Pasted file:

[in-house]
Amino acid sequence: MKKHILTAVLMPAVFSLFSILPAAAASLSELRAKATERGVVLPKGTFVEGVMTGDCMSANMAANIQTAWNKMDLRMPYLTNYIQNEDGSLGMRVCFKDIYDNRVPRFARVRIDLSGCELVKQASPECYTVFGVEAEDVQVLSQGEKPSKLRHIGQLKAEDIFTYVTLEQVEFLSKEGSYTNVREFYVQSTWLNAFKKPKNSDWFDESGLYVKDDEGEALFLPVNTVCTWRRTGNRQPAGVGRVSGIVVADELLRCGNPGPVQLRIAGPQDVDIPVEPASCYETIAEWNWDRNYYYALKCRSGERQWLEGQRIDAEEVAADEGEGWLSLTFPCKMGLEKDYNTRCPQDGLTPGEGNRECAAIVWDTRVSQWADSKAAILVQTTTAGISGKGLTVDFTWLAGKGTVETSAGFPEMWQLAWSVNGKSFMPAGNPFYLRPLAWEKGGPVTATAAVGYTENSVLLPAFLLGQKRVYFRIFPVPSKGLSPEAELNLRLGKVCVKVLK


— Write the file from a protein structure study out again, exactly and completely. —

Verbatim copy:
[in-house]
Amino acid sequence: MKKHILTAVLMPAVFSLFSILPAAAASLSELRAKATERGVVLPKGTFVEGVMTGDCMSANMAANIQTAWNKMDLRMPYLTNYIQNEDGSLGMRVCFKDIYDNRVPRFARVRIDLSGCELVKQASPECYTVFGVEAEDVQVLSQGEKPSKLRHIGQLKAEDIFTYVTLEQVEFLSKEGSYTNVREFYVQSTWLNAFKKPKNSDWFDESGLYVKDDEGEALFLPVNTVCTWRRTGNRQPAGVGRVSGIVVADELLRCGNPGPVQLRIAGPQDVDIPVEPASCYETIAEWNWDRNYYYALKCRSGERQWLEGQRIDAEEVAADEGEGWLSLTFPCKMGLEKDYNTRCPQDGLTPGEGNRECAAIVWDTRVSQWADSKAAILVQTTTAGISGKGLTVDFTWLAGKGTVETSAGFPEMWQLAWSVNGKSFMPAGNPFYLRPLAWEKGGPVTATAAVGYTENSVLLPAFLLGQKRVYFRIFPVPSKGLSPEAELNLRLGKVCVKVLK